10 Things I Learned Raising Money in Buffalo, New York.
A few years ago I started my second business in Buffalo, NY. Loupe is a customer loyalty tech company and we work with hundreds of locally owned restaurants in cities throughout the United States and very recently, Canada. Loupe gives users exclusive perks, discounts and insider information, while helping restaurants fill seats and increase revenue.
The company and the team is growing, but all of this growth requires a lot of capital. And after years of bootstrapping the business, my partner and I decided it was time to raise some money to take things to the next level.
This process has been one of the most interesting, frustrating, exciting and fulfilling learning experiences of my life, and the timing was right. Buffalo’s appetite for startups is growing. Believe it or not, the world’s largest business plan competition, 43North, takes places in Buffalo and organizations and programs like Z80 Labs, Dig, CoWork Buffalo, Startup NY, Launch NY and The Buffalo Angels are encouraging more entrepreneurs to start and grow their businesses in Western New York.
The competitions, plans, ideas and organizations are working; Buffalo’s startup community is growing. With all of this energy and enthusiasm in the air, I though it was time to share what I’ve learned raising money in the City of No Illusions:
1. It all starts with basics and vision. Before you start raising money, it’s critical that you can succinctly describe your business and communicate where you want to take it, all with just a few sentences. Your elevator pitch has to be perfect and it has to make sense to people unfamiliar with you, your business and your industry. Practice makes perfect, so practice in front of a mirror, in the car, with your dog and most importantly, with your team.
2. You have to clearly demonstrate the opportunity. Investors want to know that there’s a market for what you’re selling, and they want to know how big it is. You need to understand the space you’re playing in and how much market share you think you can take. Investors also want to make sure that your model is scalable. Sure, you have a good contract or two and you’ve demonstrated feasibility in a few markets, but how will you continue to scale and grow the business?
3. What’s your worth? Setting your valuation is one of the most difficult parts of the process because there are dozens of ways to set this number. Once you set your valuation, will your investors agree? You have to consider how much of your business you’re willing to give away and understanding “pre-money” value and “post-money” value is important too. Here’s an easy-numbers example to put this into context: Say you own 100% of your business and you have a pre-money valuation (the value of your business before raising money) of two million dollars. If you raise one million dollars, your post-money valuation (the sum of your pre-money valuation and total dollars raised) is now three million dollars. When the deal closes you will own roughly two-thirds of the company, or two million dollars of value in a company now worth three million dollars.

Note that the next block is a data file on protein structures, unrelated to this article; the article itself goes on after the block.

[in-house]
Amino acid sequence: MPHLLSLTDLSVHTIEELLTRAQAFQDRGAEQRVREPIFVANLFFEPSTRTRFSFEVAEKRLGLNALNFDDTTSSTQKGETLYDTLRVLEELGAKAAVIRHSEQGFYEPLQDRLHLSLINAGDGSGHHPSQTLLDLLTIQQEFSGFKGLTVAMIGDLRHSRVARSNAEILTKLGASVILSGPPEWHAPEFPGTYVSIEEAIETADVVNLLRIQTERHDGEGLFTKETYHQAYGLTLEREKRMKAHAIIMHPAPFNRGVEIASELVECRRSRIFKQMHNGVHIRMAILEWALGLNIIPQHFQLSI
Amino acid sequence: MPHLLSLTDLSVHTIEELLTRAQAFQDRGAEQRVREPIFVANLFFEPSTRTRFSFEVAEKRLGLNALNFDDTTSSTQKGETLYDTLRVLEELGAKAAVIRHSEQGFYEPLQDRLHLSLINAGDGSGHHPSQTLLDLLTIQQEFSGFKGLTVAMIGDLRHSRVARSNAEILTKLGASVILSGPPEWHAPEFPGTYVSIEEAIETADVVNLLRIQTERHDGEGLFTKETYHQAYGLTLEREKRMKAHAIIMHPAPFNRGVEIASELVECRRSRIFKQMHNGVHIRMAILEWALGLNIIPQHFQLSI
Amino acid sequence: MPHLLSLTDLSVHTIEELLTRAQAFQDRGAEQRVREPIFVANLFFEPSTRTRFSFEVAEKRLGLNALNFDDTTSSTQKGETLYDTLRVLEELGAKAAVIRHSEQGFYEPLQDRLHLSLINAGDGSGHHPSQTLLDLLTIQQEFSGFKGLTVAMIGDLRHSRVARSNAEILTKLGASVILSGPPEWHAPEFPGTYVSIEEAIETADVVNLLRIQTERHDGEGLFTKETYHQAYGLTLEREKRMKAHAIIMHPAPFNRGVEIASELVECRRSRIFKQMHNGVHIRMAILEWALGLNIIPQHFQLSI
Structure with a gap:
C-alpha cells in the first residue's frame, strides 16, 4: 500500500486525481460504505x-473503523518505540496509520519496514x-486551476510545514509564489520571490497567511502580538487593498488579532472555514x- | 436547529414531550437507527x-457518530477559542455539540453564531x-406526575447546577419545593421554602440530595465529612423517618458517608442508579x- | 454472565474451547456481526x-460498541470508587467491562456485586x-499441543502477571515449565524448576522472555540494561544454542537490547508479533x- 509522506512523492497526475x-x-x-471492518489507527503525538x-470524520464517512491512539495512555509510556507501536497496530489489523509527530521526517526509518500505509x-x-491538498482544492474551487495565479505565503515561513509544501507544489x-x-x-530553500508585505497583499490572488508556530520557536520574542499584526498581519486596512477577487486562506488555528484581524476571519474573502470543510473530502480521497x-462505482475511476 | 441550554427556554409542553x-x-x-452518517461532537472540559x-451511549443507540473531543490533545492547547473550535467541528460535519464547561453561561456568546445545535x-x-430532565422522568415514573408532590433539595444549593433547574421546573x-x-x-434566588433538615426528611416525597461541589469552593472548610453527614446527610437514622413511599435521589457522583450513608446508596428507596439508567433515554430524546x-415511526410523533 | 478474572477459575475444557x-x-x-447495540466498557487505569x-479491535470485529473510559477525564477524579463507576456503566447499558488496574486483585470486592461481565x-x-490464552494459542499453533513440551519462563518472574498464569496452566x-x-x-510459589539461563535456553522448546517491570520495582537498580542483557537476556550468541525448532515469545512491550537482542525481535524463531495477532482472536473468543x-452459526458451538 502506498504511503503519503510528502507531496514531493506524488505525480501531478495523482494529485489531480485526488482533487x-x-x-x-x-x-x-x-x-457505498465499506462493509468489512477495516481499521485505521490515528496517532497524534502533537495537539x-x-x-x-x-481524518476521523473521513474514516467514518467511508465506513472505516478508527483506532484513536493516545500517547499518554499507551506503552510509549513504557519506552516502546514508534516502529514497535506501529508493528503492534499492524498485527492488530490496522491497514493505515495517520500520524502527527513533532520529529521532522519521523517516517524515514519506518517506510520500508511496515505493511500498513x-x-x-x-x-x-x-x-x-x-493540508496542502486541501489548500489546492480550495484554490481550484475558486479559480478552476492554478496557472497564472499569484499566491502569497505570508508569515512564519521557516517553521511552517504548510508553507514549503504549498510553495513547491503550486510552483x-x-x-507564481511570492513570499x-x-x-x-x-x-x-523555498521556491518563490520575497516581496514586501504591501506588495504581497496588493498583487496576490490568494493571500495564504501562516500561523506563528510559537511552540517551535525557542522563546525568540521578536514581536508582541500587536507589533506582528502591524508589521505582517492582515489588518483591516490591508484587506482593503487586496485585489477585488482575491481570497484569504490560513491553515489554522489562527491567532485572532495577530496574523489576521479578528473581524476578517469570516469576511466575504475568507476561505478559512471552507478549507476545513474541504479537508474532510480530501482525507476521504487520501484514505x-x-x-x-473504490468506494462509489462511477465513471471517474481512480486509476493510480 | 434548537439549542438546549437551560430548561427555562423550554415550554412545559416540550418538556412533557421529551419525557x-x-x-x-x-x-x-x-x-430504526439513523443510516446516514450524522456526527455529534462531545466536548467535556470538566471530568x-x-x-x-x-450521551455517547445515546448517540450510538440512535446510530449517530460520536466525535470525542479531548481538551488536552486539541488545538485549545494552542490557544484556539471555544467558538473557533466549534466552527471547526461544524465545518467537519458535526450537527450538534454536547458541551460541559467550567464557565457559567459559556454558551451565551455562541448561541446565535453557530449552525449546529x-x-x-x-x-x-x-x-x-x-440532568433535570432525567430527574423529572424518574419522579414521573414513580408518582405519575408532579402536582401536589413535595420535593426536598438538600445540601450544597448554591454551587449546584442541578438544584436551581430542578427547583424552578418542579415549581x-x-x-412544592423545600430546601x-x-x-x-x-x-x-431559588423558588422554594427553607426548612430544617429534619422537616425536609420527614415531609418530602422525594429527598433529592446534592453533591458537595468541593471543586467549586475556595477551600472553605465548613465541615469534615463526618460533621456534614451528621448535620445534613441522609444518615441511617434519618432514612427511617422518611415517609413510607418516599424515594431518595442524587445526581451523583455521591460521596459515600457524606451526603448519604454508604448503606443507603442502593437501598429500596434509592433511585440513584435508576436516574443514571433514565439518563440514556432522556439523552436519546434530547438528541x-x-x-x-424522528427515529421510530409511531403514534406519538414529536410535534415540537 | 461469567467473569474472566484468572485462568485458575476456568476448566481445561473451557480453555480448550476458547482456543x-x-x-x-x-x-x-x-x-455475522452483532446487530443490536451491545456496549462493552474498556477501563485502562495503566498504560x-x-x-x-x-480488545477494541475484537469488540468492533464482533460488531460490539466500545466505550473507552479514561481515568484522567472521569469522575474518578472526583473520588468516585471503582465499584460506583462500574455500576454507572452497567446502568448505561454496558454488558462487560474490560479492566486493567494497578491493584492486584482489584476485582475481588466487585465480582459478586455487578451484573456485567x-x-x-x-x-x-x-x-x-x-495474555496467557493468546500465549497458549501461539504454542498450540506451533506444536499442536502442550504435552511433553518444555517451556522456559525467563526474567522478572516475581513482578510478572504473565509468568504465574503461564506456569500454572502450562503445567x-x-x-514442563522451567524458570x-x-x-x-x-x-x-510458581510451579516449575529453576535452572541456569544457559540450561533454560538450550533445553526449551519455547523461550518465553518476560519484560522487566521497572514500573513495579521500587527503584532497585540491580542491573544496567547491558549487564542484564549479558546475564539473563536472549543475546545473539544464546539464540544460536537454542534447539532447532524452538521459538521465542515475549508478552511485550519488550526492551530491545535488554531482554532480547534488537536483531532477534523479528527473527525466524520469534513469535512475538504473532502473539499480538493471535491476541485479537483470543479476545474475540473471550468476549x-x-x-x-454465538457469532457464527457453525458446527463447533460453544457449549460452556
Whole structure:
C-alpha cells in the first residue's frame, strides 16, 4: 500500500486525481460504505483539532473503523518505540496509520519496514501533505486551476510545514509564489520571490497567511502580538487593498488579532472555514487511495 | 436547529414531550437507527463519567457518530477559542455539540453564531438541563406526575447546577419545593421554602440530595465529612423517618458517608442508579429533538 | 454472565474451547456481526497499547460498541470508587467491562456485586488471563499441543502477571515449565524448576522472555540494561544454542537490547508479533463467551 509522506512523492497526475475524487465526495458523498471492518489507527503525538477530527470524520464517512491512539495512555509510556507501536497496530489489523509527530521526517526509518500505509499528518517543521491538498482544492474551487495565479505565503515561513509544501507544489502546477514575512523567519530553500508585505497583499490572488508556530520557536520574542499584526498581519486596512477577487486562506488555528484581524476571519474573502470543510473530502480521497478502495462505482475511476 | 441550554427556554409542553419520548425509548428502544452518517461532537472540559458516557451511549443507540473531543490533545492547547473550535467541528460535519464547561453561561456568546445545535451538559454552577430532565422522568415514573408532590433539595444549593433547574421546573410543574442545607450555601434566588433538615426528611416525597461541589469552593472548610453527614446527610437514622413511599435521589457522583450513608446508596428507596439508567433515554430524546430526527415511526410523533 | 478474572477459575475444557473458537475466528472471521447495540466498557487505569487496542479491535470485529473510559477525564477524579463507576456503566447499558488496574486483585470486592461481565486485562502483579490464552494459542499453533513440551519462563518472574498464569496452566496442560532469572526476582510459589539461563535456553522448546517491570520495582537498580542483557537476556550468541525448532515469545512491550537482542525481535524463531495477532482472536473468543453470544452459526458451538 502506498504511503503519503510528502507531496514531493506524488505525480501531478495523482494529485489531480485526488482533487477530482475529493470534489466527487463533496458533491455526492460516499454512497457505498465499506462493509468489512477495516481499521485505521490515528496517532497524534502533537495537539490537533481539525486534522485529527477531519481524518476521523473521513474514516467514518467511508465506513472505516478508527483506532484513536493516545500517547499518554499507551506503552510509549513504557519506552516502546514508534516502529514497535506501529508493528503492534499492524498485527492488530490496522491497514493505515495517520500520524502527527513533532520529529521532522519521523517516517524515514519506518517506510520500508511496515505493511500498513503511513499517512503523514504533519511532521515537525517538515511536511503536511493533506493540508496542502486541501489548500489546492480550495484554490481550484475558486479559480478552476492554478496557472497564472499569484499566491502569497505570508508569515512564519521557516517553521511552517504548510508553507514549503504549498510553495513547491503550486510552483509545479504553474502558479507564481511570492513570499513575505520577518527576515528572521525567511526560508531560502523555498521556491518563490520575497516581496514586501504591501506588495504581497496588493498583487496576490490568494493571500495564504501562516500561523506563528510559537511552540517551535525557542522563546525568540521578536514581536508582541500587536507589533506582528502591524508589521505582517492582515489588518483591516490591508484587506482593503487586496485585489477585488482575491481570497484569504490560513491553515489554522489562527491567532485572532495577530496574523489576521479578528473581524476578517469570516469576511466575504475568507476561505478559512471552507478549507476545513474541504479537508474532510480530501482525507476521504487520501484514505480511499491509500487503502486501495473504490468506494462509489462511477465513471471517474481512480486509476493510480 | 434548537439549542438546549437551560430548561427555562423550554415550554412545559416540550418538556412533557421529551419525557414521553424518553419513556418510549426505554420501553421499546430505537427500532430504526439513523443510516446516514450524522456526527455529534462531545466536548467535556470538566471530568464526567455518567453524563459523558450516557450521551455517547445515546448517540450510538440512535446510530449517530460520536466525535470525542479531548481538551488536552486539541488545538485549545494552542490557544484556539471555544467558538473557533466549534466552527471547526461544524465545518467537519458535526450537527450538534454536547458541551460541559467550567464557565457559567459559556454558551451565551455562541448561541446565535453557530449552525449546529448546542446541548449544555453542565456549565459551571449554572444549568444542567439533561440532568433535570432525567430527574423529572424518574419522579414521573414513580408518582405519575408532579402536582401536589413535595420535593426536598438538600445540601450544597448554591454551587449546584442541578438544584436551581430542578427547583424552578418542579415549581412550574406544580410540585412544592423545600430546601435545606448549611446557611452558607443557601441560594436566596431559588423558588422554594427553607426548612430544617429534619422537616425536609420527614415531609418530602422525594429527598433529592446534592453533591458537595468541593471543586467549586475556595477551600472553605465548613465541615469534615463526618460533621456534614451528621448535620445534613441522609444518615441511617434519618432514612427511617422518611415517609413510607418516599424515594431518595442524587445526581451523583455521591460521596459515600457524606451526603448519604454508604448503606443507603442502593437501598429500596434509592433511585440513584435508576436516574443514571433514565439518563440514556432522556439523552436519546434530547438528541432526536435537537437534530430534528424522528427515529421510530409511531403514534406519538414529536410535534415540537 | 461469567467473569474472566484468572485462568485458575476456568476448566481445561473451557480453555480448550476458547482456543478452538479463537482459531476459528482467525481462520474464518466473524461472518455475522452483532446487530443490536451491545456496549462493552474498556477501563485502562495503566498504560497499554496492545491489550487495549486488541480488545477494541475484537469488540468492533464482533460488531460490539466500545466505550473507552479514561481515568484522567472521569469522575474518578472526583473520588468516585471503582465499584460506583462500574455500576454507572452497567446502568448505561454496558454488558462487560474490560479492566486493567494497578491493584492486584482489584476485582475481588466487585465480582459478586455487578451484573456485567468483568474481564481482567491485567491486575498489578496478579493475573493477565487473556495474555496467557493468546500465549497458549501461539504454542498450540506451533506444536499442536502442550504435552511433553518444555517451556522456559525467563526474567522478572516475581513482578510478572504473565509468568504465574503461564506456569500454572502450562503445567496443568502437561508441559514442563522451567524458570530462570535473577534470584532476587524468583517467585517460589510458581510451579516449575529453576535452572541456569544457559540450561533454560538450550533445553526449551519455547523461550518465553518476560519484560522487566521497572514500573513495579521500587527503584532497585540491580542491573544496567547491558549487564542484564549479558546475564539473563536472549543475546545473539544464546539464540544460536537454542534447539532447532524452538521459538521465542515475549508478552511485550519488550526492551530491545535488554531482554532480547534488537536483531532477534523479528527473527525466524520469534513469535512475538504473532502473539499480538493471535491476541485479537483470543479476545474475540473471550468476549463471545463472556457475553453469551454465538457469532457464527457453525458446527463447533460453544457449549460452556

4. Practicality rules. At the end of the day, investors in the Rust Belt are interested in making a return on their investment. Pie-in-the-sky ideas are great but strong net profits are even better. Having a good understand of financials, including pro forma and cash-flow statements, is important as discussions with investors move from general interest to the due diligence process.
5. Show me the sizzle. I know that I just told you that practicality rules but everyone loves sizzle. Investors are people too and if your company demonstrates their understanding of the newest technology, app or market segment, your potential investors will be as excited as a kid in a candy store. Novelty and excitement are key components in engaging investors and captivating their attention from day one.
6. Play to your strengths and know your weaknesses. At the end of the day, Angel and early-stage investors are investing in people, not the business. They want to know that you have what it takes to navigate the choppy waters that inevitably face you. So why do you deserve their money? How are you going to get them a big return on their investment? Finding the right amount of confidence balanced with some humility is key
7. Start sharing. You have to share you story with everyone you know. Your family, friends and business associates may be able to help with small, early-stage investment.
8. Great partners are key. Raising money is a struggle and you’ll need help and support to get through the long and daunting process. Great business partners and advisors are one of the keys to a successful round of funding. There were a number of advisors and partners that helped us build our presentation, connect with investors and put the deal together. This is truly a team effort.
9. Just when you think it’s almost finished, it’s not. There’s an obstacle at almost every turn but the biggest obstacle is figuring out how to run your existing business and raise money at the same time. It’s almost impossible to do both and raising money can feel like a full-time job. As you approach closing, subtle changes in contract terms and legalese can aggravate investors, delay closing and raise the blood pressure of everyone involved in the process. It’s important to keep your eye on the prize and remember that you’re all working together to build something great.
10. San Francisco isn’t the reality. We live in a world of celebrity CEOs and multi-billion dollar valuations for companies without any revenue streams. This may happen in Silicon Valley, but it’s not the reality in most places. It’s important to approach the process with vision, a great idea, a strong model and an even stronger team. Those four things are alluring to investors from as close as Syracuse and as far away as San Francisco.